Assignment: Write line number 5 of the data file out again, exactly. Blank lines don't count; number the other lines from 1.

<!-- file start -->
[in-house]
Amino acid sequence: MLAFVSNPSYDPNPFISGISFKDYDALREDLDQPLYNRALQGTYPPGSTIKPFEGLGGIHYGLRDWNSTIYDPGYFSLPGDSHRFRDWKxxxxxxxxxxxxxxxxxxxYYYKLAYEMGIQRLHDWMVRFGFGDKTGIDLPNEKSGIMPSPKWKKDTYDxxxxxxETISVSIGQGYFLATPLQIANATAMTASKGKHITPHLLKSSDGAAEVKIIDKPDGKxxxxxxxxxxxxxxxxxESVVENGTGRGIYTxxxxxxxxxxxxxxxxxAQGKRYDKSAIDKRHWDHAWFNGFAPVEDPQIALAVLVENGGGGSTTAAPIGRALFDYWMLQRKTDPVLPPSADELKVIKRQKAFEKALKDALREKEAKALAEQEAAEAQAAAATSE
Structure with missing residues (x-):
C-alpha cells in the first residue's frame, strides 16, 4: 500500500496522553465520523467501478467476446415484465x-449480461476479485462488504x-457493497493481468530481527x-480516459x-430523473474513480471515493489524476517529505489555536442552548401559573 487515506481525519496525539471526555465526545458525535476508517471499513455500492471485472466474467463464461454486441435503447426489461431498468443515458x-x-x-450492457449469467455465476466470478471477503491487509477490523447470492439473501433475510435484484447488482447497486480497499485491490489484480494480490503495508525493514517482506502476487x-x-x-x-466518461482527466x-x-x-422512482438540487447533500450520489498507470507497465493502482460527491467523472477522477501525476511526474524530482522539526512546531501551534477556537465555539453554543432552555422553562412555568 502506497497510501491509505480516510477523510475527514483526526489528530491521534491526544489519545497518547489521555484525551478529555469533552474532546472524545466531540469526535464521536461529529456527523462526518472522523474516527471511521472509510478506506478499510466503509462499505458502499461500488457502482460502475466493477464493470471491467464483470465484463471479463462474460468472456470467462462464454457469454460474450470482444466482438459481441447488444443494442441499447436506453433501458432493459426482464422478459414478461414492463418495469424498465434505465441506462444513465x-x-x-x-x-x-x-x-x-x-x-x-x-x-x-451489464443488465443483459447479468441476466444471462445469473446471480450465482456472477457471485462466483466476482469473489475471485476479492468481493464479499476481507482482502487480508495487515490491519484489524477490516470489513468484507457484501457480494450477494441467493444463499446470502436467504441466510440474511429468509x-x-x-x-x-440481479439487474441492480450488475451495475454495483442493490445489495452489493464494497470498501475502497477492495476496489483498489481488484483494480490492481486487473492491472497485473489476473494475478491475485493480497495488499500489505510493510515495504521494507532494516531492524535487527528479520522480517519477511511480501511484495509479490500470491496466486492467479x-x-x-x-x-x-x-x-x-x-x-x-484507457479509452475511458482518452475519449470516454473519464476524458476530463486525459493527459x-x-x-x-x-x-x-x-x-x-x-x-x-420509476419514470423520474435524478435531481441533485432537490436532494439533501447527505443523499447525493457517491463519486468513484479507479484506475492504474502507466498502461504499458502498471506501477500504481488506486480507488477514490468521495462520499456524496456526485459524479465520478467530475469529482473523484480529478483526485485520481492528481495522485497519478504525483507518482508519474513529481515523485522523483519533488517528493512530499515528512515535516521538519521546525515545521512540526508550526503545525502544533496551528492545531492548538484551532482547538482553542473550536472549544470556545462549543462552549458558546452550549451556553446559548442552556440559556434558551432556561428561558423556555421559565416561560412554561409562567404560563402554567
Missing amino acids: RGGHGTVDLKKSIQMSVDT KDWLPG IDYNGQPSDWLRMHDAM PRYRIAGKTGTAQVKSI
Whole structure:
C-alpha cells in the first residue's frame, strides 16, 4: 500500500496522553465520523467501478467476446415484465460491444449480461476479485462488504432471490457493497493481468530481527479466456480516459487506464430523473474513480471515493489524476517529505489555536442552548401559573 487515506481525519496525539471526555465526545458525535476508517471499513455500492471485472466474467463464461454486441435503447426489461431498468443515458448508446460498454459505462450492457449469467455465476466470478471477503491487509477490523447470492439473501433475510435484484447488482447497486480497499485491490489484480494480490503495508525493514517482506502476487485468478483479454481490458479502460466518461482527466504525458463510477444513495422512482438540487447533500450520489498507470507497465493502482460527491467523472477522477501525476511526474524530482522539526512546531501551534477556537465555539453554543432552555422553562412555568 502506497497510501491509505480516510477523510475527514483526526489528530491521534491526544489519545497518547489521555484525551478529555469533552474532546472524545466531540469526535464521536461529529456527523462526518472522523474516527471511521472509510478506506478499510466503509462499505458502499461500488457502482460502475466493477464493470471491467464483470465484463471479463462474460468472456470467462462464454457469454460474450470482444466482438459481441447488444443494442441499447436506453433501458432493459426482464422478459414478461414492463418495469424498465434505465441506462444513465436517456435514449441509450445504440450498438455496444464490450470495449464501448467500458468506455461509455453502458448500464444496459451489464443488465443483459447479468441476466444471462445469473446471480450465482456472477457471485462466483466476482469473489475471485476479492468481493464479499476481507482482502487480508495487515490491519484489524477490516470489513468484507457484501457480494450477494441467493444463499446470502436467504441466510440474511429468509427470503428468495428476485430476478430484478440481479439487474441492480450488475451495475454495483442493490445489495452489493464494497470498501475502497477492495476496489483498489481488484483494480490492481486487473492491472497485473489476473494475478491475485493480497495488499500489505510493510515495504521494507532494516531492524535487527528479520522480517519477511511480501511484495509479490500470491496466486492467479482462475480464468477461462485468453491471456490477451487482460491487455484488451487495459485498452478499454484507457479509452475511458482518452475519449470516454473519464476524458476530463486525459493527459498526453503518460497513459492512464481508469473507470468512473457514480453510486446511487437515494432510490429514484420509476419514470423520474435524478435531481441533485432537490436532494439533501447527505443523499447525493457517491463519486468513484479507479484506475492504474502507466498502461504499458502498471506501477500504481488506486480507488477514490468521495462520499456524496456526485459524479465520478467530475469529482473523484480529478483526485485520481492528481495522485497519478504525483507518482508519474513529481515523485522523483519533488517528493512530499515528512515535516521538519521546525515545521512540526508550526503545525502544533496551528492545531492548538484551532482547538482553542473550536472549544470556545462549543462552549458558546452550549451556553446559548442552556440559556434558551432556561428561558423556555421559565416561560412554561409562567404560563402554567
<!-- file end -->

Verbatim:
Missing amino acids: RGGHGTVDLKKSIQMSVDT KDWLPG IDYNGQPSDWLRMHDAM PRYRIAGKTGTAQVKSI